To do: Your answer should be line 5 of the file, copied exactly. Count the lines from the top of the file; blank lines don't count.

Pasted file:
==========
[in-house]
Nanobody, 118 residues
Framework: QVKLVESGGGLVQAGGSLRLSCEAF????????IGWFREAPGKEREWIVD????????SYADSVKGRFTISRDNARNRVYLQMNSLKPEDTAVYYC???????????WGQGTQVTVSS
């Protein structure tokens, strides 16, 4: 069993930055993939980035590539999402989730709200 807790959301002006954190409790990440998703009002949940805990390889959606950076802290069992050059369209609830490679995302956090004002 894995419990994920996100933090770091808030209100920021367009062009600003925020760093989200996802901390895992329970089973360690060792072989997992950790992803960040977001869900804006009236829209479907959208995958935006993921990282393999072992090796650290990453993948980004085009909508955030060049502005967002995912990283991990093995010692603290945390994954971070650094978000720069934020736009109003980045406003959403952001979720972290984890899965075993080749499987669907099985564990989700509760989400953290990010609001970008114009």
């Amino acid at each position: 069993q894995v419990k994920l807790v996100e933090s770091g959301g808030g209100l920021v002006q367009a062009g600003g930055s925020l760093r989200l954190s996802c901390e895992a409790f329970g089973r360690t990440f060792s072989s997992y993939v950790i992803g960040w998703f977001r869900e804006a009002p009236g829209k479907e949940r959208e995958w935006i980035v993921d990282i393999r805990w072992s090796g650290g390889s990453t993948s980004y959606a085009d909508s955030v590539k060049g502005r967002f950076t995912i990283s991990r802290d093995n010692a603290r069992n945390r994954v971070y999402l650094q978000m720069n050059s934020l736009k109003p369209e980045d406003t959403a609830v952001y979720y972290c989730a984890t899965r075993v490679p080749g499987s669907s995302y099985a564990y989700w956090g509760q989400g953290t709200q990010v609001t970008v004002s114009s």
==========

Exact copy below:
């Amino acid at each position: 069993q894995v419990k994920l807790v996100e933090s770091g959301g808030g209100l920021v002006q367009a062009g600003g930055s925020l760093r989200l954190s996802c901390e895992a409790f329970g089973r360690t990440f060792s072989s997992y993939v950790i992803g960040w998703f977001r869900e804006a009002p009236g829209k479907e949940r959208e995958w935006i980035v993921d990282i393999r805990w072992s090796g650290g390889s990453t993948s980004y959606a085009d909508s955030v590539k060049g502005r967002f950076t995912i990283s991990r802290d093995n010692a603290r069992n945390r994954v971070y999402l650094q978000m720069n050059s934020l736009k109003p369209e980045d406003t959403a609830v952001y979720y972290c989730a984890t899965r075993v490679p080749g499987s669907s995302y099985a564990y989700w956090g509760q989400g953290t709200q990010v609001t970008v004002s114009s």